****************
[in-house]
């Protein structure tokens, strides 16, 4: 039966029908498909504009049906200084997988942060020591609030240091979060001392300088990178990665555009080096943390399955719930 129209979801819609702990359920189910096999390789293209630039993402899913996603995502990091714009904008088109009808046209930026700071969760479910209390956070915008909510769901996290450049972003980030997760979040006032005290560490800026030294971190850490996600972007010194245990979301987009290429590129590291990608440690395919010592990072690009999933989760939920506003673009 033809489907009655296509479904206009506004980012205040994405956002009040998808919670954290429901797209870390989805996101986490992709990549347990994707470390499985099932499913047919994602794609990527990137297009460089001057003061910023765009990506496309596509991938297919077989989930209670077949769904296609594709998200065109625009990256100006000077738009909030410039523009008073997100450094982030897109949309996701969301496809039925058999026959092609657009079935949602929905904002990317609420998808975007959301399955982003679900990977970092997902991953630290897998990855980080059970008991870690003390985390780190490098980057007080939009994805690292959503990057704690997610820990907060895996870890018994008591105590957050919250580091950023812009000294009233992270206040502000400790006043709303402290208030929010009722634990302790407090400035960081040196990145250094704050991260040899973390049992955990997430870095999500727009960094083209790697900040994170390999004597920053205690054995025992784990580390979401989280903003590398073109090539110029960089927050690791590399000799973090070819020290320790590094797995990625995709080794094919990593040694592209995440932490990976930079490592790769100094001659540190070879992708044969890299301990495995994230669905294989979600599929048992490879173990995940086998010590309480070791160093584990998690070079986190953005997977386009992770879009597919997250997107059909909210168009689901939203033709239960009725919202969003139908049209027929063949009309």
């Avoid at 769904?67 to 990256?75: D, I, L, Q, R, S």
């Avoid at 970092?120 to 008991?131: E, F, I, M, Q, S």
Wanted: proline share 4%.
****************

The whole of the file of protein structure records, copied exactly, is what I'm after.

[in-house]
């Protein structure tokens, strides 16, 4: 039966029908498909504009049906200084997988942060020591609030240091979060001392300088990178990665555009080096943390399955719930 129209979801819609702990359920189910096999390789293209630039993402899913996603995502990091714009904008088109009808046209930026700071969760479910209390956070915008909510769901996290450049972003980030997760979040006032005290560490800026030294971190850490996600972007010194245990979301987009290429590129590291990608440690395919010592990072690009999933989760939920506003673009 033809489907009655296509479904206009506004980012205040994405956002009040998808919670954290429901797209870390989805996101986490992709990549347990994707470390499985099932499913047919994602794609990527990137297009460089001057003061910023765009990506496309596509991938297919077989989930209670077949769904296609594709998200065109625009990256100006000077738009909030410039523009008073997100450094982030897109949309996701969301496809039925058999026959092609657009079935949602929905904002990317609420998808975007959301399955982003679900990977970092997902991953630290897998990855980080059970008991870690003390985390780190490098980057007080939009994805690292959503990057704690997610820990907060895996870890018994008591105590957050919250580091950023812009000294009233992270206040502000400790006043709303402290208030929010009722634990302790407090400035960081040196990145250094704050991260040899973390049992955990997430870095999500727009960094083209790697900040994170390999004597920053205690054995025992784990580390979401989280903003590398073109090539110029960089927050690791590399000799973090070819020290320790590094797995990625995709080794094919990593040694592209995440932490990976930079490592790769100094001659540190070879992708044969890299301990495995994230669905294989979600599929048992490879173990995940086998010590309480070791160093584990998690070079986190953005997977386009992770879009597919997250997107059909909210168009689901939203033709239960009725919202969003139908049209027929063949009309």
């Avoid at 769904?67 to 990256?75: D, I, L, Q, R, S």
């Avoid at 970092?120 to 008991?131: E, F, I, M, Q, S």
Wanted: proline share 4%.